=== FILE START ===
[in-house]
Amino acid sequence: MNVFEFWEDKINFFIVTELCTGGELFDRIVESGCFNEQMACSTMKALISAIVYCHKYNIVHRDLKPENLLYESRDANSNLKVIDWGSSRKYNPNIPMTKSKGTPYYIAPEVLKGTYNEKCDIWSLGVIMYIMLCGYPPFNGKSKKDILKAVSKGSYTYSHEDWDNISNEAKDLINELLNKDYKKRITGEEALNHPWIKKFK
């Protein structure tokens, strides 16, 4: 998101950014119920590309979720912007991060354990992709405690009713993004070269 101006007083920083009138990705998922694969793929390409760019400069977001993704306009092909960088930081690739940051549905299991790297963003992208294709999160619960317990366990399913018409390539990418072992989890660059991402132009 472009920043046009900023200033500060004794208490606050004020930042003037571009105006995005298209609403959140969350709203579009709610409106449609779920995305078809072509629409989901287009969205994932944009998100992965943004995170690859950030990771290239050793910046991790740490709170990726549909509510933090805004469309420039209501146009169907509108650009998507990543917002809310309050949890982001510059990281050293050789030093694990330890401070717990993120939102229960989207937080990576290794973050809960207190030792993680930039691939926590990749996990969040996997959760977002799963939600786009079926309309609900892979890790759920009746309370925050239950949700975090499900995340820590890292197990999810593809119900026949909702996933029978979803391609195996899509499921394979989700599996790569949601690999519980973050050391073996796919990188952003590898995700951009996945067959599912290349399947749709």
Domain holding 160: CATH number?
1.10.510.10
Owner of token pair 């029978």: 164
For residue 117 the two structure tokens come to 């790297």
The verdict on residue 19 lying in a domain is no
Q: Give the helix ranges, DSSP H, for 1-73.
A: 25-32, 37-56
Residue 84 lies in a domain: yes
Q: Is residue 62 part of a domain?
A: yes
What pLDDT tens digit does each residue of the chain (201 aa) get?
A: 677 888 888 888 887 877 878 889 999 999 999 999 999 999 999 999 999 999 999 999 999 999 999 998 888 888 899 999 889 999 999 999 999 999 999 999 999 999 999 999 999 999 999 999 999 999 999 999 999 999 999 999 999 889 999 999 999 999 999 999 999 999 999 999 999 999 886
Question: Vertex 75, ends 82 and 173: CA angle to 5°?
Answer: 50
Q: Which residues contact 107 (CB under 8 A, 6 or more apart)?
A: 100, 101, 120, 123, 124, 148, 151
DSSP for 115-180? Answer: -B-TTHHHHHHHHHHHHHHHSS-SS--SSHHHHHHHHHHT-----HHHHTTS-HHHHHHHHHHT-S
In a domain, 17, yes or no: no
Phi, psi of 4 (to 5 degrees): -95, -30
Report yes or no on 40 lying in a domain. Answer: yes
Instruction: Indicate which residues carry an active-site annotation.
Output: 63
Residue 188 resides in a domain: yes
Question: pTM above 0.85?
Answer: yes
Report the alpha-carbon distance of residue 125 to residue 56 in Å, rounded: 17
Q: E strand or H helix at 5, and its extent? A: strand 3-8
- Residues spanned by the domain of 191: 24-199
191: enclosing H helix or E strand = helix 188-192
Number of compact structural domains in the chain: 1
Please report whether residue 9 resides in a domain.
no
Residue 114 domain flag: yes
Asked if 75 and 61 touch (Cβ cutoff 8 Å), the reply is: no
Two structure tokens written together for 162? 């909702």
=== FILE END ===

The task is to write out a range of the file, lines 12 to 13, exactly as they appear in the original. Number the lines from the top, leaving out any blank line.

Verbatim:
Q: Is residue 62 part of a domain?
A: yes